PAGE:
Monday, 20 February 2012
I want to be a man
Firstly, I'm going to sit and watch the rugby all day in blissful ignorance of the fact that the breakfast things are still on the table, the washing machine has finished its cycle and the beds aren't made.
Then I'm going to pop into town for a coffee. I'll walk past the pile of letters which need posting, and I won't check the fridge to see if we need milk. In fact, I won't combine my jaunt into town with anything remotely useful, such as collecting that prescription or taking the library books back.
When I get home the post will have arrived. I'll pick it up and shuffle through it, opening the bills and placing them neatly on the kitchen worktop along with their now-redundant envelopes. At some stage, I'm sure, they will mysteriously make their way upstairs to the office to be filed.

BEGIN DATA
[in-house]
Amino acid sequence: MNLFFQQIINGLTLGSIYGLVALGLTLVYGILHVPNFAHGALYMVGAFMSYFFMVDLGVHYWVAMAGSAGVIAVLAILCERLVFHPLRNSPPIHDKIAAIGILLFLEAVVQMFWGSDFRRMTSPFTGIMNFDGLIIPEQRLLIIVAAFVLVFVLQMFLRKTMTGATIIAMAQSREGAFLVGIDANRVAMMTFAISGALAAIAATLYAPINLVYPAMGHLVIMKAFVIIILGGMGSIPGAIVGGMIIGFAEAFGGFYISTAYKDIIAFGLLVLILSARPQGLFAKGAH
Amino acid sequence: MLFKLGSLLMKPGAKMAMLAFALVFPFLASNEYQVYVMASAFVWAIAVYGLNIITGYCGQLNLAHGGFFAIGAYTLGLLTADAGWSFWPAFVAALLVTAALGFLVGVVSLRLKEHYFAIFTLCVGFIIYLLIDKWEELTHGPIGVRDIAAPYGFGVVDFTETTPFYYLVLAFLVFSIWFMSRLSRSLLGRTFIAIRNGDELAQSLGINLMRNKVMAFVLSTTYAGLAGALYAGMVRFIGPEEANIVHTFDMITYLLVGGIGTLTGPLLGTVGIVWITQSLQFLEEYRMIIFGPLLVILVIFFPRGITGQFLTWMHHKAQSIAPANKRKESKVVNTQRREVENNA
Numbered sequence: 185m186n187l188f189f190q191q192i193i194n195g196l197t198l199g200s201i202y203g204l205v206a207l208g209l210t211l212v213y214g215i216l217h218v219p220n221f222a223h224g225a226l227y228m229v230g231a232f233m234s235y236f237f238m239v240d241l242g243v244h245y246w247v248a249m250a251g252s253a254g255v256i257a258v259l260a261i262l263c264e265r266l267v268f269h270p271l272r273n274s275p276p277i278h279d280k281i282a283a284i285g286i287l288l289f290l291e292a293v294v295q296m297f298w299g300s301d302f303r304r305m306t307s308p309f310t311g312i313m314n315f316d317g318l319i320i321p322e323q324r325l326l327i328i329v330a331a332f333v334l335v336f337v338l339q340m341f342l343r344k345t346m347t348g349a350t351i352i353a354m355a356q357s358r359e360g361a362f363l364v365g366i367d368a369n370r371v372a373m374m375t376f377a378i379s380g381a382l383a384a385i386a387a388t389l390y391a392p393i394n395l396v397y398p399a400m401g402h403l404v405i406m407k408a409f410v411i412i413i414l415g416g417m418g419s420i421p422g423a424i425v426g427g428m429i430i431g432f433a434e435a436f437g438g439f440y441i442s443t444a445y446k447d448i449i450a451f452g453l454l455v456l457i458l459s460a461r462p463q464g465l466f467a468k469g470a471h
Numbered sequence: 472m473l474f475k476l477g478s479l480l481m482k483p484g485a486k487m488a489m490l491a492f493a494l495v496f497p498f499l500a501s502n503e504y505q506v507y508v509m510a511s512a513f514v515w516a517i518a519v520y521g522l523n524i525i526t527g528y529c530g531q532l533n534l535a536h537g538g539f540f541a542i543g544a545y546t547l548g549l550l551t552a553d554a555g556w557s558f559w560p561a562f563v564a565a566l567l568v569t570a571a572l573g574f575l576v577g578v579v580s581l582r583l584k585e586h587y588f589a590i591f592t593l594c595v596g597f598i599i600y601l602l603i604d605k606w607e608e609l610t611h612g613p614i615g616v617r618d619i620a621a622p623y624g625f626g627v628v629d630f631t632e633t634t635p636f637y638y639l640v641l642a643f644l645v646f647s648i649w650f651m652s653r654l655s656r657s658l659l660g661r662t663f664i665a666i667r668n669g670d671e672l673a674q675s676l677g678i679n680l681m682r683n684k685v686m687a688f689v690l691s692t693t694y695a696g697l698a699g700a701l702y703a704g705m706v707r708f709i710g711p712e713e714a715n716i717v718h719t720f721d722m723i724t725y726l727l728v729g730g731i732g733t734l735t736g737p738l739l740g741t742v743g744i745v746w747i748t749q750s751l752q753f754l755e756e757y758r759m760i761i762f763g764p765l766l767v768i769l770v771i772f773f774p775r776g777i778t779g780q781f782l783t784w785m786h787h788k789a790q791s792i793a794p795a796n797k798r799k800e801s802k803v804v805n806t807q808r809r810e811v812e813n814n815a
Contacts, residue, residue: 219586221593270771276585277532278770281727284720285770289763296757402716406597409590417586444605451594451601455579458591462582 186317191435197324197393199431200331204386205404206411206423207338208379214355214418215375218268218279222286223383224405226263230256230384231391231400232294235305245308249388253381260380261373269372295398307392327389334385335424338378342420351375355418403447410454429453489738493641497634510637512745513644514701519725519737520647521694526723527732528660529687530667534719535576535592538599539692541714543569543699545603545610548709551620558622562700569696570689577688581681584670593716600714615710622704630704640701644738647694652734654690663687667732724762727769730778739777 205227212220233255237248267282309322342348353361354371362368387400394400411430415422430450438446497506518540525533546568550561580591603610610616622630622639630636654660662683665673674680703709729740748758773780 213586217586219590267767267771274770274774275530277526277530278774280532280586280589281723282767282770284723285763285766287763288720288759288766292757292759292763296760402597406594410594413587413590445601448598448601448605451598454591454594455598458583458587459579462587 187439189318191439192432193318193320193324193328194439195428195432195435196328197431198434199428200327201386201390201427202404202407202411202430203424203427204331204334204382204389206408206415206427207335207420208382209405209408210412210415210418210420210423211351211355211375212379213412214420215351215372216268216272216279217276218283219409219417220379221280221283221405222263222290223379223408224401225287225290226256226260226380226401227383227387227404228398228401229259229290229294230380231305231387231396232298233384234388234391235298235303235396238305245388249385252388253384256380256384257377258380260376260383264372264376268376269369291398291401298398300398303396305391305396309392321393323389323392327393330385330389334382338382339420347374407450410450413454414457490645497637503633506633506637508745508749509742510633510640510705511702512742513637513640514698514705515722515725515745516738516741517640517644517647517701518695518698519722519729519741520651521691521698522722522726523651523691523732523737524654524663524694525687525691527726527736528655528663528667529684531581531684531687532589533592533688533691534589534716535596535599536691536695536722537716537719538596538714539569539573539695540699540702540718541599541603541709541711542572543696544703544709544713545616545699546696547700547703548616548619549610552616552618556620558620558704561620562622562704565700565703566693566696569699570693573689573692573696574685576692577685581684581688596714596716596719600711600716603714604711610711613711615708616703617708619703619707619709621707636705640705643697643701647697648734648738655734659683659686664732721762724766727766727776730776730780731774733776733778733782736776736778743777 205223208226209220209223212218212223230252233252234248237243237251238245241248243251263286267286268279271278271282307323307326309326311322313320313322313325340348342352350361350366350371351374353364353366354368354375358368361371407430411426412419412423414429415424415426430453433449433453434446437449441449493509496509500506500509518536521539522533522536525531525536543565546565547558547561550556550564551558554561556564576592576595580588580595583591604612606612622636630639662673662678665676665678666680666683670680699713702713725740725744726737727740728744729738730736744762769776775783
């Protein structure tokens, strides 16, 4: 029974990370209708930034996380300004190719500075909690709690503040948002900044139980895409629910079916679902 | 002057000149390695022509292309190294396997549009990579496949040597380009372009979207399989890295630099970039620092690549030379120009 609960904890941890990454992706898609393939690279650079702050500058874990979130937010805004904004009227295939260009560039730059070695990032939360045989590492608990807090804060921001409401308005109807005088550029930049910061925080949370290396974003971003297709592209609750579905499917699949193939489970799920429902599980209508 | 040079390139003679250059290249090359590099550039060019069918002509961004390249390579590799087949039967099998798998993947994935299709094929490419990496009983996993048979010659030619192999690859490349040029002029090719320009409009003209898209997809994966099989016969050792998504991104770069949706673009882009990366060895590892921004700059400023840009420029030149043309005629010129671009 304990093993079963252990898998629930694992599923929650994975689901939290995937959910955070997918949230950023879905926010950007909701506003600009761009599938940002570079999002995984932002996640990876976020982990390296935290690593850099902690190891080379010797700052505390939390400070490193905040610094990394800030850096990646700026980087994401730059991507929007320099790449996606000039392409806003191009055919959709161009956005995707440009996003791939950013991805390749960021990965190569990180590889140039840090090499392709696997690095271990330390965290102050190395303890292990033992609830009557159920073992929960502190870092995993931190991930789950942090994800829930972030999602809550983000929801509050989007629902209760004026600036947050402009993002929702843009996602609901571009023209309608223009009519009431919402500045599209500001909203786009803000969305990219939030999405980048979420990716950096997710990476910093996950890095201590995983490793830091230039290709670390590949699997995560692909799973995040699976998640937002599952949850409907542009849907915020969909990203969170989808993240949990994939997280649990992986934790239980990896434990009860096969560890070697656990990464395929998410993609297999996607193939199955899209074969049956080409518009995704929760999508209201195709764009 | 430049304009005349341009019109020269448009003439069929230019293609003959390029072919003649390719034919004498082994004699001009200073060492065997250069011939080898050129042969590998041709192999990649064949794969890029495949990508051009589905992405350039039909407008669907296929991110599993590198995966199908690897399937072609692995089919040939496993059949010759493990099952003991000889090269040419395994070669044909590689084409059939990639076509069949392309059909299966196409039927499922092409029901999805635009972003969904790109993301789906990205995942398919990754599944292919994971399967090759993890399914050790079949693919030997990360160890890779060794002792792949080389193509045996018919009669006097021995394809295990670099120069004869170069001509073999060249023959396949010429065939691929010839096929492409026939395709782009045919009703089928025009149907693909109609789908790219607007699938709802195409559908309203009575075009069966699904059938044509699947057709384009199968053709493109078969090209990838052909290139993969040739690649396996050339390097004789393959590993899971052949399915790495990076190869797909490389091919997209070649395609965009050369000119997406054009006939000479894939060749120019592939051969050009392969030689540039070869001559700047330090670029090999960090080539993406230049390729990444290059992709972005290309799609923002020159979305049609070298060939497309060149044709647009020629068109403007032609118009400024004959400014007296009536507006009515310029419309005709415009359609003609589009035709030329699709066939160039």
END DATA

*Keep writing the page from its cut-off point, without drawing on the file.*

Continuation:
While I'm in the kitchen I'll notice that the pan in which I cooked my eggs this morning is still on the hob. I'm conscientious so I move it to the sink. I could clean it, but instead I will leave it to soak. It doesn't need soaking, but by filling it with hot soapy water nobody can accuse me of not doing the washing up.
The children will doubtless have returned from school now and be demanding snacks and television. They will be presenting arguments of such epic proportion that my wife will have her hands full trying to contain them without the use of tear gas. I will decide that now is the time I need to retire to the downstairs loo with a book for a period of at least 40 minutes, occasionally shouting helpful comments such as, 'can't you stop them fighting? I've read the same paragraph three times now.'
Live as a man for a year? Pass me the trousers.